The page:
As far back as 2012, Microsoft released the first version of its important “Mitigating Pass-the-Hash and Credential Theft” whitepapers. In this first version, Microsoft defined the problem of lateral movement and privilege escalation within a Windows Active Directory on-premises environment and included best practices for mitigating these kinds of attacks at the time. Two years later, Microsoft released version 2 of that document, which significantly increased the guidance based on the current state of Windows at the time. The company also introduced concepts such as Privileged Access Workstations (PAWs) and Admin Tiering (see figure below).
Admin Tiering introduced the concept of separating “areas of concern” when it came to administration. Admin accounts that managed AD and domain controllers could never log into regular workstations and servers. Server Admin accounts couldn’t log into domain controllers and workstations, etc. This approach limited the ability for lateral movement attacks to move up in privilege level. It wasn’t perfect, but it worked—when implemented.
Enter Red Forest
About 10 years ago, Microsoft built on the notion presented in these two “Mitigating Pass-the-Hash and Credential Theft” whitepapers by introducing the concept of a Red Forest, also known as Enhanced Security Admin Environment (ESAE). A Red Forest is basically a separate AD forest, trusted by your production AD forests, where all your administrative credentials would reside:
In principle, the Red Forest concept seemed like a good approach. Get your admin credentials out of the forest, where the potential attacker is roaming around, and ensure that they only live securely in the separate Red Forest. In practice, the Red Forest was a clunky approach to the problem. Many management tools work poorly—or not at all—across forest boundaries. The Red Forest didn’t account for any administrative accounts (e.g., application administrators) beyond infrastructure administrators. And finally, having to maintain another separate forest infrastructure was a lot of overhead for a relatively modest gain.
And…Exit the Red Forest
As a result of these constraints, and likely expedited by revelations from the recent SolarWinds attack, Microsoft recently retired the concept of the Red Forest. As of today, building a Red Forest is no longer the standard approach for isolating and protecting privileged access in a Windows/Active Directory world. So, what is the new standard?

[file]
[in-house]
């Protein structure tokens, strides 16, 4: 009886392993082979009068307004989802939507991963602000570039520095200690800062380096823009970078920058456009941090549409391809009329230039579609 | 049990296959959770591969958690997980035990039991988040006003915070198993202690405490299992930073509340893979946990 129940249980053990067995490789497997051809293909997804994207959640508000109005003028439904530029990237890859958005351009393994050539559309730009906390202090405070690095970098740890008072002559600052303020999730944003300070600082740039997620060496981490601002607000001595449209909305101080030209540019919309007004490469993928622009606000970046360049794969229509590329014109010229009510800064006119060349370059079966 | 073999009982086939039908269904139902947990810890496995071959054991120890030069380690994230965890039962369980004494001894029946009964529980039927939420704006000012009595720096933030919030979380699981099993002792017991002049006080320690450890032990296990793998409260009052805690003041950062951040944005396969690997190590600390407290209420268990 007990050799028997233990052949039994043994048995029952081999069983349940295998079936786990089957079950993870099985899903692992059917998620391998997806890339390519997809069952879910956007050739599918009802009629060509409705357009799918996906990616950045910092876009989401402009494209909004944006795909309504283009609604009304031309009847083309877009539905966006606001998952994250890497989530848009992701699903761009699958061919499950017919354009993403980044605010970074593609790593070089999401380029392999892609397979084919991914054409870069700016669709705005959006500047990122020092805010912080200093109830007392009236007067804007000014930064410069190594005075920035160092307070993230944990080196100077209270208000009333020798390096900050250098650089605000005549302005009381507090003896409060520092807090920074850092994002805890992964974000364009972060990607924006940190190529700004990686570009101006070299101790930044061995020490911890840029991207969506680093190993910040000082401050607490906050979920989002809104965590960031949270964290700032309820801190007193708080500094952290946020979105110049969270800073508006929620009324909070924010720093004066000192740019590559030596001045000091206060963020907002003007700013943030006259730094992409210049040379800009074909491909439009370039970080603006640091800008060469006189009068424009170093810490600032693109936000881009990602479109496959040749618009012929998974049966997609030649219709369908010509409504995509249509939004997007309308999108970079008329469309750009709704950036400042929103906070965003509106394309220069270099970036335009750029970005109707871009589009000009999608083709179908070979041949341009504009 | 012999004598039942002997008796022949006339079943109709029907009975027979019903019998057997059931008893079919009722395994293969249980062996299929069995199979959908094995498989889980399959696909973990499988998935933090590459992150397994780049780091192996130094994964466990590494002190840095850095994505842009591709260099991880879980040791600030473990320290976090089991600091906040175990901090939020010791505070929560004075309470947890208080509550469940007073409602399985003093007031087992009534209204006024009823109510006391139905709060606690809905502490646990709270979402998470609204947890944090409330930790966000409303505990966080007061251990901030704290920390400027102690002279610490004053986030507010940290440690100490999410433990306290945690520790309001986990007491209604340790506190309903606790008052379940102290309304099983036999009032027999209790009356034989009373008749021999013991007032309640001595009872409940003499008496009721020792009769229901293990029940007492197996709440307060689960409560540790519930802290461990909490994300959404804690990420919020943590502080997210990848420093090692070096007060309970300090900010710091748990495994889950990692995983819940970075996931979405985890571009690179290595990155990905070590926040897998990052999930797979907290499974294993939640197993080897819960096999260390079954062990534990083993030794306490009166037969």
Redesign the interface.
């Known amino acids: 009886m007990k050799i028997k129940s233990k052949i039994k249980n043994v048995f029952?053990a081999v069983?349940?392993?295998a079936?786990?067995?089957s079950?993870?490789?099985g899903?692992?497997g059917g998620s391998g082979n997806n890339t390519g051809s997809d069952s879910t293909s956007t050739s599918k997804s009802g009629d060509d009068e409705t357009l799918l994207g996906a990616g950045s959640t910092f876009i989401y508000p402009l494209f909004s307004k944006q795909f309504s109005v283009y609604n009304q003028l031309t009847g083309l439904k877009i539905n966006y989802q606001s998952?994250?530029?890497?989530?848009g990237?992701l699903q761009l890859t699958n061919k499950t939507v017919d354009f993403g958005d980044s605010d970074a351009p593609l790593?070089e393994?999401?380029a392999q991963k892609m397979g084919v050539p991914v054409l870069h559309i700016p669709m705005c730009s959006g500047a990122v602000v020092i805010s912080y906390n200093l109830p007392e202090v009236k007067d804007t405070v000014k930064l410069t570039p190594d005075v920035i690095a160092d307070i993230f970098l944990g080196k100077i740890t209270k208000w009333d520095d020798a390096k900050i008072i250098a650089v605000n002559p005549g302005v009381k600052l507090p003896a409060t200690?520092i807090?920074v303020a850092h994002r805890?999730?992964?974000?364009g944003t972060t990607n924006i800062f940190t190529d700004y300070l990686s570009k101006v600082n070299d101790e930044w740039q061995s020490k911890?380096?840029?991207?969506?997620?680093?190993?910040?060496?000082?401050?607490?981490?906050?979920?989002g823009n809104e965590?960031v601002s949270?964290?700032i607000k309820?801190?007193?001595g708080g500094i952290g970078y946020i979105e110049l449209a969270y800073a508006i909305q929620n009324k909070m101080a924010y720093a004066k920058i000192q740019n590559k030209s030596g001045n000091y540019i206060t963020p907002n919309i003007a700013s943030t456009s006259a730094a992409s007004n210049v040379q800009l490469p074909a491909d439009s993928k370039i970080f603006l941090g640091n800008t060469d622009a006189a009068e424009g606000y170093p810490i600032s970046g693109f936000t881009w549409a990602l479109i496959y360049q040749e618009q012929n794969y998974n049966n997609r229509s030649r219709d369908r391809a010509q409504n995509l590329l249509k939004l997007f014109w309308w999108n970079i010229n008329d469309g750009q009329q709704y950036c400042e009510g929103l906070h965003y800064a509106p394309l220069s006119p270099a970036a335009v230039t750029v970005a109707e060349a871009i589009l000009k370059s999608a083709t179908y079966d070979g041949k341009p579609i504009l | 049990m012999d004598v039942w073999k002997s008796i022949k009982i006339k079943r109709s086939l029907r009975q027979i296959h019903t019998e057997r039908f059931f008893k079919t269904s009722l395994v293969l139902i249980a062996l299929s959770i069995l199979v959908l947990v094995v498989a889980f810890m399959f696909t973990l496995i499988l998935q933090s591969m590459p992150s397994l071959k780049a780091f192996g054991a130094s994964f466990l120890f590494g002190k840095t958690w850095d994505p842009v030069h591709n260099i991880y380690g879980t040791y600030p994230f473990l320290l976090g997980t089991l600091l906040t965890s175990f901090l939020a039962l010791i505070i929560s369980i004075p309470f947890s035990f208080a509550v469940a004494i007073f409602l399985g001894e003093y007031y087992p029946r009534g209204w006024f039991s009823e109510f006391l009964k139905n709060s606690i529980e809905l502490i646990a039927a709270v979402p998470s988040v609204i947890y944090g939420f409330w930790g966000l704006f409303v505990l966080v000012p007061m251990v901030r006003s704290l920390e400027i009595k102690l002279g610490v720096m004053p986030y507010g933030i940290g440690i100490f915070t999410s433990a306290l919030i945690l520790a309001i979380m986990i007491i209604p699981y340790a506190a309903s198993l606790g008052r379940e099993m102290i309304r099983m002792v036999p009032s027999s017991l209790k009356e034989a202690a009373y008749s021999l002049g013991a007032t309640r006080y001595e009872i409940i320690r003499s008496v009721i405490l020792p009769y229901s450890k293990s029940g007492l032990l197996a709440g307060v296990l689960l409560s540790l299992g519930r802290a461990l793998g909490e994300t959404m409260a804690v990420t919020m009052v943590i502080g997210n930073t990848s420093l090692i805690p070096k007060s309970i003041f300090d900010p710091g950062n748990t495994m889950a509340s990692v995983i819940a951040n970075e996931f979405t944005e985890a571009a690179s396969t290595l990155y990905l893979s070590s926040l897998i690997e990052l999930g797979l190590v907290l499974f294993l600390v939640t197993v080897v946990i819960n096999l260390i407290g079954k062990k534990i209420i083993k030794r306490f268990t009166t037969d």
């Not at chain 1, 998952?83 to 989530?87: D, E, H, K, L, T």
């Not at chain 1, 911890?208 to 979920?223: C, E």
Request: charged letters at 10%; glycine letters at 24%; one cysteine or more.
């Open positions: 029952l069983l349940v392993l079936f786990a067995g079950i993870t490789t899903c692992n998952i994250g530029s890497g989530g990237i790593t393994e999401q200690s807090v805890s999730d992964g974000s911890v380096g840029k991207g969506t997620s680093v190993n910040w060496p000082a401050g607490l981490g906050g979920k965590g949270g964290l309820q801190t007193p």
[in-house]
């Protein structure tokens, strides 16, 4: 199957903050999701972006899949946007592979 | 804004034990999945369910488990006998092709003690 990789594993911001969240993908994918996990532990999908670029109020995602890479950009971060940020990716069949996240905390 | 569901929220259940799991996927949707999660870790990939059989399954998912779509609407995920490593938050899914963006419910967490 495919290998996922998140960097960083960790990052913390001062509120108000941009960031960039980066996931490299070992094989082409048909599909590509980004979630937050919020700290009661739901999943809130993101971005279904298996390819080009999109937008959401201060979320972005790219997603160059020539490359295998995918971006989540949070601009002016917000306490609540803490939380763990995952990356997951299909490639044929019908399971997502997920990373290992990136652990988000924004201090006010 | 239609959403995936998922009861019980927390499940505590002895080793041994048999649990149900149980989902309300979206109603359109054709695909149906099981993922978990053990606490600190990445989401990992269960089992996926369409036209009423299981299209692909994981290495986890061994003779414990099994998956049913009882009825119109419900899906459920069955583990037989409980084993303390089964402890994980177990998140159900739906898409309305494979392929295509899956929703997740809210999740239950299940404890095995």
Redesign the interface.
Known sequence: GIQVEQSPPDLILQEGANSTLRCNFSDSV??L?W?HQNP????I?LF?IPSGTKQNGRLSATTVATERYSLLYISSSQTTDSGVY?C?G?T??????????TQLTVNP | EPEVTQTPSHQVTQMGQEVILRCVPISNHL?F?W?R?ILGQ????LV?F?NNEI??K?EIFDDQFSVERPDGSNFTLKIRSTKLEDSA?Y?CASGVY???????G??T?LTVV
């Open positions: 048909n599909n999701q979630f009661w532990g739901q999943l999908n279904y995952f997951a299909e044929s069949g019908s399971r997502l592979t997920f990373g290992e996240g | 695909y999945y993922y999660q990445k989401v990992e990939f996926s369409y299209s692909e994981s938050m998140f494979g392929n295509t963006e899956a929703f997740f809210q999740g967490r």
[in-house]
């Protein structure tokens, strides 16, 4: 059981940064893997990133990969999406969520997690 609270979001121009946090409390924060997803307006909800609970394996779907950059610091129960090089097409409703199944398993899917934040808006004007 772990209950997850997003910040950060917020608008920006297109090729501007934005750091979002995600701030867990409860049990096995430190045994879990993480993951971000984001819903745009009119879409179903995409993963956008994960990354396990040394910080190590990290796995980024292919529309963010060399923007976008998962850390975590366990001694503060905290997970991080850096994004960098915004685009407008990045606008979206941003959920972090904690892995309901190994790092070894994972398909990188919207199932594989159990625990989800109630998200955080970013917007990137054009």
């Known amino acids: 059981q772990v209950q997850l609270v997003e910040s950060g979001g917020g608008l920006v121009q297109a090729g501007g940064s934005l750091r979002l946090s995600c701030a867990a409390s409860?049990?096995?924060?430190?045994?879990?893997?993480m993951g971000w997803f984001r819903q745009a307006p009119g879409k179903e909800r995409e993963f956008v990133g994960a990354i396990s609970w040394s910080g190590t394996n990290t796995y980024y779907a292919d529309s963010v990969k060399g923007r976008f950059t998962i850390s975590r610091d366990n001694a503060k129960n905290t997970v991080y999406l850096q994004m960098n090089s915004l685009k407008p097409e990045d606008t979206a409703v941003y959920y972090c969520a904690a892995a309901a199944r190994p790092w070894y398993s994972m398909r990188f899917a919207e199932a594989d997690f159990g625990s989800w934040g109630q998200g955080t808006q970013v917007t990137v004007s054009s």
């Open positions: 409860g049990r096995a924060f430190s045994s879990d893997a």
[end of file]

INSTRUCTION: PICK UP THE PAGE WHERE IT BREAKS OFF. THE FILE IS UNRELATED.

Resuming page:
Adoption Has Lagged
Well, as you can imagine, the SolarWinds attack highlighted the risks that on-prem identity systems like Active Directory pose to the cloud resources that they are integrally tied to in most organizations today. It is not uncommon for shops to be authenticating and authorizing to Azure cloud resources using a combination of on-prem AD identities and federation solutions such as PingFederate and ADFS, instead of using Azure AD directly.
This means that, as usual, the weakest link in the chain of protecting cloud identities and applications, and especially privileged access, continues to be those on-prem resources that we’ve been trying to protect for 20+ years. And while approaches such as Admin Tiering and Red Forest have been around for a while, the reality is that many shops never implemented these approaches, or only partially implemented them. That might sound difficult to imagine, so let me repeat that.
Well–known strategies for mitigating privileged access risk have been under-deployed in most Microsoft shops.
The reasons for this oversight are many and varied, but most have to do with the cost and complexity of implementing these approaches. The result has been that many shops continue to have woefully inadequate controls for preventing the spread of what is essentially a 15–year–old risk. Given that the SolarWinds attack showed how attackers could use weaknesses in on-prem privileged access management to then move “vertically” into cloud systems such as Office 365, Microsoft felt compelled to re-define what privileged access looks like in the modern era.
The Future of Privileged Access?
In December 2020, Microsoft unveiled its new privileged access strategy. This strategy uses the principles of Zero Trust and “the Cloud” as its foundations. Microsoft even makes the statement in its new strategy documents that “Cloud is a source of security.” You would be rightly skeptical of this statement, given that Microsoft is one of the largest cloud providers in the world. “So I have to invest in the cloud to be secure?”
The way I view this new approach is that it represents an evolution of the previous pass-the-hash and Red Forest strategies. Despite the emphasis on your acquisition of revenue–generating cloud services from Azure, the new approach makes some sense. That said, I’m not convinced that shops that were hesitant to do something as simple as Admin Tiering will now dive into complex zone-based Zero-Trust–based implementations that involve many moving parts. But let’s tease it apart a bit and dig into what Microsoft is proposing.
The first thing to understand is that Microsoft is looking at the tiering model a bit differently and, I would argue, a bit more holistically than before. Whereas before, Admin Tiering and Red Forests were focused on privileged access and administration by IT pros, this new model takes into account the full landscape of a modern organization—including not only IT administration but also line-of-business application administration and the various pools of business data that live in most organizations, as you can see here: